August 10, 2022/Neurosciences/Spine Care

Case Study: Revision Anterior Neck Fusion After Worsening Postsurgical Pain and Choking Sensation

Correction of nonunion restores function in an active adult

History and presentation

In early 2020, a 37-year-old man underwent a C5-C7 anterior neck fusion at an outside institution, after which he was initially symptom-free. Several months later, however, he began experiencing neck and arm pain, which led him to return to his surgeon that summer for a consultation. On reviewing postsurgical imaging, the surgeon told him the multilevel fusion was solid and nothing more could be done.

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Over the next 18 months, the patient’s pain worsened and was accompanied by a choking sensation. As his symptoms progressed, the patient — a fit and active former gymnast — found he could no longer play with his 9-year-old son or perform day-to-day functions, and he fell into a depressed state.

Experiencing intractable pain and now unable work, the patient sought out a second opinion from Thomas Mroz, MD, a spine surgeon in Cleveland Clinic’s Center for Spine Health.

“This was a young man who had been very active, and his postsurgical pain had massive downstream consequences,” says Dr. Mroz. “His condition spiraled to the point that he had lost his livelihood, and his relationship with his son was suffering. Our evaluation showed that he had a nonunion at the C5-6 and C6-7 levels (Figure 1) and that he was a candidate for revision surgery.”

Figure 1. Preoperative X-ray (left) and CT (right) demonstrating nonunion.

Nonunion after fusion surgery

Nonunion, or failure of solid fusion in the first year after cervical spine fusion, occurs in a minority of patients who undergo such surgery. The risk of nonunion increases in proportion to the number of levels in the spine involved in a procedure. Some patients with a failed fusion are asymptomatic, but approximately 60% have progressive pain.

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Imaging techniques used to diagnose nonunion are X-rays and CT scans. Diagnostic anesthetic injections are often very useful in helping confirm the nonunion as the source of the patient’s pain. Once a nonunion occurs, the likelihood of union with any nonoperative modality is very low. Surgical procedures include repeat anterior and/or posterior instrumented fusion.

The key to success when treating post-spine surgery patients who have pain, according to Dr. Mroz, is individualizing the approach in keeping with patients’ particular symptoms and condition. “We take an algorithmic approach to understand what is bothering the patient and carefully review imaging to determine whether the origin of the pain is something simple, like a loose screw, or if more structures are involved,” he explains.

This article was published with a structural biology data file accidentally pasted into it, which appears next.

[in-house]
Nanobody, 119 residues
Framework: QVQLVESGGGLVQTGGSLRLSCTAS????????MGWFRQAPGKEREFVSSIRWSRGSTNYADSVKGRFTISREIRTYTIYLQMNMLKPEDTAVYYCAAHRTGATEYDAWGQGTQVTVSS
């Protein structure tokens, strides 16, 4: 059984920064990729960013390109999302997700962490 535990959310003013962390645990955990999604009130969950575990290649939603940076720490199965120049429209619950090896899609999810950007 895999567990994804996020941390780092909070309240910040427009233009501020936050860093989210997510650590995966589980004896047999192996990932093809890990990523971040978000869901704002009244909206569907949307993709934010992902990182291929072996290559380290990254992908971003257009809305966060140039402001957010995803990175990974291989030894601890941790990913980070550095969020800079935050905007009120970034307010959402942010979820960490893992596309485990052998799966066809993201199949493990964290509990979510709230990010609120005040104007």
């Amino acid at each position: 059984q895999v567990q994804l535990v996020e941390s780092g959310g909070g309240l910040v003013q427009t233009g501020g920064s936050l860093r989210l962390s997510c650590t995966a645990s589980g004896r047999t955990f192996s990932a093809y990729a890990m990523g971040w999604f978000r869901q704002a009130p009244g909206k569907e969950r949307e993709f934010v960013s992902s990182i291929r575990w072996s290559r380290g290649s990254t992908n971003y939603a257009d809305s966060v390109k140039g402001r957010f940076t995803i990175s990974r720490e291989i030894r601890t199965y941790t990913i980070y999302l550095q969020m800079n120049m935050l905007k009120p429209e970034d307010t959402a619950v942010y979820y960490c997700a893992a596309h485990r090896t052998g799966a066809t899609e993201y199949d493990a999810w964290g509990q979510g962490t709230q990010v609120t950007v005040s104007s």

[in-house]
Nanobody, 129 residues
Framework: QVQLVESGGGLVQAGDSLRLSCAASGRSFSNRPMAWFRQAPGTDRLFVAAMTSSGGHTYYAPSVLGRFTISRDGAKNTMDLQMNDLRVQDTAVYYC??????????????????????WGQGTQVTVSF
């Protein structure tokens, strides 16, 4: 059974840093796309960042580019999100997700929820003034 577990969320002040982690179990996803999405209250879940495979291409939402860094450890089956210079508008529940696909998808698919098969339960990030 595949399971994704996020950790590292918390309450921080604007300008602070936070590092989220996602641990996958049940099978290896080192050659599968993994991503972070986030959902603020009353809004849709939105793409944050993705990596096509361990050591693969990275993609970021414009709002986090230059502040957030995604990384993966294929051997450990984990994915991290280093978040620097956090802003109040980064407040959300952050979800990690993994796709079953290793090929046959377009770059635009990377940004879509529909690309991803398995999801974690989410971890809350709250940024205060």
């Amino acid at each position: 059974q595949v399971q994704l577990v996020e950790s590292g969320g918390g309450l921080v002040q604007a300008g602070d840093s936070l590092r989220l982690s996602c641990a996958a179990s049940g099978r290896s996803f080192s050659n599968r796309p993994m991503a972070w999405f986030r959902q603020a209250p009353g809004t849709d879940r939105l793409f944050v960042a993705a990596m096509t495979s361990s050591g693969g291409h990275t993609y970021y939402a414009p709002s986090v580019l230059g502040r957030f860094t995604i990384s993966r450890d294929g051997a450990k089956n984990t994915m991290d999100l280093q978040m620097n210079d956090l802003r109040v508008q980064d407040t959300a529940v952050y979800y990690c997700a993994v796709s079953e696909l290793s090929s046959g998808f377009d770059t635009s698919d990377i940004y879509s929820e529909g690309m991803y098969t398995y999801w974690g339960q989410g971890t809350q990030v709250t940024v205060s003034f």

To try to confirm the nonunion diagnosis, an anesthetic facet injection was performed that relieved the patient’s pain. Once the diagnosis was confirmed, Dr. Mroz and the patient had an in-depth discussion about the benefits and risks of a revision operation, which resulted in a decision to proceed with the surgery.

Revision technique

Dr. Mroz performed a revision anterior neck fusion at the C5-6 and C6-7 levels. Rather than leaving any of the original hardware, he removed and replaced it to maximize the likelihood of proper fusion and ensure mobility (Figure 2).

“Sometimes when we do revisions, we come in from the back,” says Dr. Mroz. “But given that this patient was a very active former athlete, we decided to go from the front and take everything out and revise the fusion.”

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Figure 2. Postoperative X-ray demonstrating the revision fusion at C5-6 and C6-7.

Case outcome

When the patient was seen for follow-up less than two months after the surgery, “he reported no pain and said he walked 130 miles and lost 15 pounds since the surgery,” says Dr. Mroz. “His sensation of choking was gone, and he said he feels ‘awesome’ and is spending more time with his son.”

Options are available for chronic postsurgical pain

The key takeaway from this case, according to Dr. Mroz, is for clinicians to be open to seeking referrals for patients who have chronic pain after spinal surgery. At the Center for Spine Health, care is available from a multidisciplinary team that includes spine surgeons, medical spine and pain specialists, and other professionals who specialize in spine care.

“Primary care physicians may not have the tools to evaluate these individuals properly,” Dr. Mroz says, “and it is understandable that some surgeons may not be comfortable doing revisions. But patients who have chronic postsurgical pain should be made aware of all the treatment options available.”

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